Friday 09 February 2018

Open Access Must Reads - January 2018

by Audrey McCulloch, ALPSP CEO and Sue Kesner, Senior Director, Publisher Relations at Copyright Clearance Center, 25 January 2018

ALPSP and the Copyright Clearance Center (CCC) are excited to share the Winter 2018 edition of the “Open Access Must-Reads” series – a thoughtfully curated selection of important articles from the past few months that expound upon “can’t miss” developments in the world of Open Access.

1) Monitoring the Transition to Open Access

The second in a series commissioned by Universities UK, this new report illuminates native OA trends since the institution of funder mandates. Key takeaways include that more than 50% of UK-authored articles are made accessible for public view within 12 months, while 37% are freely available to the world immediately on publication, beating the global average of 25%. APCs are also on the rise across the board, though they’re still higher for hybrid than for pure OA journals.

2) Swiss National Science Fund to Mandate OA by 2020

From 2020, all publications from Swiss National Science Foundation funded projects must be OA. In preparation, new measures are being put in place, coming into effect on 1 April, 2018. Going forward, the SNSF will pay for journal Gold OA APCs, and OA books as well. Researchers will no longer be able to apply for exemption. To incentivize authors, the current upper limit for APCs (CHF3000, or c. £2300 / US$3000) is temporarily waived (within reason).

3) UCL to launch OA Megajournal

A first for a UK university press, the University College of London is launching a new open access, cross-disciplinary journal platform that will provide free access to research in an effort to help solve the world’s biggest challenges and revolutionize traditional commercial publishing models. As part of the initiative, peer-review comments, as well as the identities of the reviewers, will also be made available to readers with the aim of increasing transparency. Paul Ayris, CEO of UCL Press and Pro-Vice-Provost of UCL Library Services, hopes the platform will do for journal content what the press has already done for research monographs, which have been freely downloaded 650,000 times in 218 countries.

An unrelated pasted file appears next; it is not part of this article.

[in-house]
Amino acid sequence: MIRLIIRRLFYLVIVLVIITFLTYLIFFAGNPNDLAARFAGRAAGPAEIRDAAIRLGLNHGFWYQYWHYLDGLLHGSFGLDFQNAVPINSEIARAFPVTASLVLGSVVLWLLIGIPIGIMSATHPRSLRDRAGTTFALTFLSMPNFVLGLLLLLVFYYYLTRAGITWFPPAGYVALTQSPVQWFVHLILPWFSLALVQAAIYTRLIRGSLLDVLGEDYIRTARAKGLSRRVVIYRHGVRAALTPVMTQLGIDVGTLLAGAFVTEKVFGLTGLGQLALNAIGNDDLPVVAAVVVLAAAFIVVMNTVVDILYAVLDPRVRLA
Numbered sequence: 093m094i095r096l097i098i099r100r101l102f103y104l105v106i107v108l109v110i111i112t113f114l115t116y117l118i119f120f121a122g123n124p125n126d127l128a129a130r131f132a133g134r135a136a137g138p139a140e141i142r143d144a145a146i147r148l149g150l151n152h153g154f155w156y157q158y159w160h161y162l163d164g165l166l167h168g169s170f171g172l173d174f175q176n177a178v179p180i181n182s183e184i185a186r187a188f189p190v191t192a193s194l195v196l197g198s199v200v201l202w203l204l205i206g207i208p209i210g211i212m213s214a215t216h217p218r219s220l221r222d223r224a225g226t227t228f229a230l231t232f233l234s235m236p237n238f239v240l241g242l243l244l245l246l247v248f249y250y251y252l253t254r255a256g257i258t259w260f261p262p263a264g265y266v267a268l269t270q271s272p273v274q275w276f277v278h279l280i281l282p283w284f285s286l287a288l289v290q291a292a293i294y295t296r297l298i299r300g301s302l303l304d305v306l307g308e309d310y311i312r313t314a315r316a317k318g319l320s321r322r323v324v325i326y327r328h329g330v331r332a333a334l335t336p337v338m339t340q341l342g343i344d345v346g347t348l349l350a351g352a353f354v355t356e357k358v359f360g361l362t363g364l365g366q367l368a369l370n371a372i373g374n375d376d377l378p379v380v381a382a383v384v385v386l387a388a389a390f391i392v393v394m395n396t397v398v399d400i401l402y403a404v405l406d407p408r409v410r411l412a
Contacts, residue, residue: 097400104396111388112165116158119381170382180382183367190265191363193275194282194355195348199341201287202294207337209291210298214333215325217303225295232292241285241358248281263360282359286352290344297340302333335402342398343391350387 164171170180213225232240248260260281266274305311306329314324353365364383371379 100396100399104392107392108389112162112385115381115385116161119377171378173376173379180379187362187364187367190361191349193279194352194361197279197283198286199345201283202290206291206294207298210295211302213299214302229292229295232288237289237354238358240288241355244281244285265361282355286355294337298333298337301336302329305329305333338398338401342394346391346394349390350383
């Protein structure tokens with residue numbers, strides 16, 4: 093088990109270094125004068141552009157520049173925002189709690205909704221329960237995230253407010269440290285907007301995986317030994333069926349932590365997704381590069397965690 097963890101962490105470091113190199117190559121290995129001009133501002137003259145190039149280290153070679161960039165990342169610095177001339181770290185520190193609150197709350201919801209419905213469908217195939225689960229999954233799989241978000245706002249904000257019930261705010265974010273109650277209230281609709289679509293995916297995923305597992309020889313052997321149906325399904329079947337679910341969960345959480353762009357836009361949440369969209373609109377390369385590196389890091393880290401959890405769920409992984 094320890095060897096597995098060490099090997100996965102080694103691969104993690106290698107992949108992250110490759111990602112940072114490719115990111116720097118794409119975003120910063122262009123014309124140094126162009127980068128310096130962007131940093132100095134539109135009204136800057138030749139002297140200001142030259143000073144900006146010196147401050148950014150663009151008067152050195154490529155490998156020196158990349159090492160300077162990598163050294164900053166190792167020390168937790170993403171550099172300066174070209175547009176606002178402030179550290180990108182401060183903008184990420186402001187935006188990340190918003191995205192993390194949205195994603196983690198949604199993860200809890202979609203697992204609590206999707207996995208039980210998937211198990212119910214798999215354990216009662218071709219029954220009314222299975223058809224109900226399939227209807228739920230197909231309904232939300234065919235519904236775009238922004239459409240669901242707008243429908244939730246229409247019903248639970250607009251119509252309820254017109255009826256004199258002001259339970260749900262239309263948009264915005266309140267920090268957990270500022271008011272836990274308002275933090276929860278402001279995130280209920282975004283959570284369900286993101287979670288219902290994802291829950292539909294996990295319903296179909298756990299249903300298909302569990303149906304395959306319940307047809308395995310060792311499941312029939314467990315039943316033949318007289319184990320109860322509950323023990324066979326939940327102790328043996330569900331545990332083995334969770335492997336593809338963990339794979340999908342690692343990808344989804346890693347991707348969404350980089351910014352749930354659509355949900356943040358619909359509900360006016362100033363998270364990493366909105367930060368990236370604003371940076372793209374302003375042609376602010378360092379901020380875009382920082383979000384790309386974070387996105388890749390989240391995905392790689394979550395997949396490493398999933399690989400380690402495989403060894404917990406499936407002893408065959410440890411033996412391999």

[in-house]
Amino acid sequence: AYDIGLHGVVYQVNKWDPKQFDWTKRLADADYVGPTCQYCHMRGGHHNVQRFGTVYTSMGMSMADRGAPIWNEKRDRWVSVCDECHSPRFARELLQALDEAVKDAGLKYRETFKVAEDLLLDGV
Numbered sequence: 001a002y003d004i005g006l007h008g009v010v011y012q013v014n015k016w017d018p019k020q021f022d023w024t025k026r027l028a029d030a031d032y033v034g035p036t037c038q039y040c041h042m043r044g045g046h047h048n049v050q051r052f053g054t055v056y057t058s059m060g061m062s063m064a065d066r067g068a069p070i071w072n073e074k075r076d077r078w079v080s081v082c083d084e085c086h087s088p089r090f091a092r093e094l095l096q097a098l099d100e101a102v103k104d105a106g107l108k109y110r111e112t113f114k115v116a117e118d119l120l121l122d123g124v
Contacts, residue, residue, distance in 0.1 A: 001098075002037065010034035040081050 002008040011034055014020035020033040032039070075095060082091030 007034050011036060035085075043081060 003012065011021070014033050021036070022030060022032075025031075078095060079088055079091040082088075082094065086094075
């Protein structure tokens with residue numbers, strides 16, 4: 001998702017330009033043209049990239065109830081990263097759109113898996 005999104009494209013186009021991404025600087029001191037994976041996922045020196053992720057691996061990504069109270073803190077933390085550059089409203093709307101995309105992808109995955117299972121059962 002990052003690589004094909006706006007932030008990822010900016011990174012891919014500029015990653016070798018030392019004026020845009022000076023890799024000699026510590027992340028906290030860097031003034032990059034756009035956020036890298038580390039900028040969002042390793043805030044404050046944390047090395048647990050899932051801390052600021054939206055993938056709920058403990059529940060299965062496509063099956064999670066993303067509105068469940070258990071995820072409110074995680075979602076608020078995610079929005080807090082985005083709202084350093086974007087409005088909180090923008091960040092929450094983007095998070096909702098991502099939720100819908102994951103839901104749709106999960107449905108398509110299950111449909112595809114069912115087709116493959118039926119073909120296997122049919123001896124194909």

4) Open Access 2017: A Year of Stand-Offs, Showdowns, and Funders’ Own Journals

PLOS One Human Research Advisory Group member Hilda Bastian provides a highly detailed month-by-month lineup of key OA highlights from 2017. According to Hilda, among the top to watch rolling on into 2018 are:

  • Ongoing negotiations between German universities and Elsevier for a national access deal that’s sustainable and fair for academics and researchers
  • Funders launching their own publishing platforms with the aim of decreasing cost and time to publication
  • The Gates Foundation’s hard line on immediate open access with no embargo period, which could represent a significant shift if adopted by other funders

5) The OA Effect: How Does Open Access Affect the Usage of Scholarly Books?

A new report from Springer Nature presents interesting findings about the tangible benefits of publishing academic books under a gold OA model. Specifically, their research illustrated that OA books are downloaded seven times more frequently than non-OA books, pull 50% more citations over a four-year period, and increase online mentions by a factor of 10 over a three-year period. Much like OA for journal content, the study finds that increased visibility and wider dissemination of research are the most popular motivations for OA monograph authors.

6) Blockchain for Research

A new report from Digital Science illuminates how blockchain technology could be applied as a solution to issues facing scholarly communication such as cost, transparency, and universal accessibility. In addition to providing a digestible overview of the technology itself, the report covers scenarios in which the approach could allow accurate tracking of the usage of articles, plus new business models based on per-view payments. Instead of a subscription model, institutions of higher education could pay based on the actual number of times their authors access a publisher’s literature. Possibly, this could also change the role of publishers, which would focus on copy editing and peer review while the platform for disseminating content is established through the blockchain.


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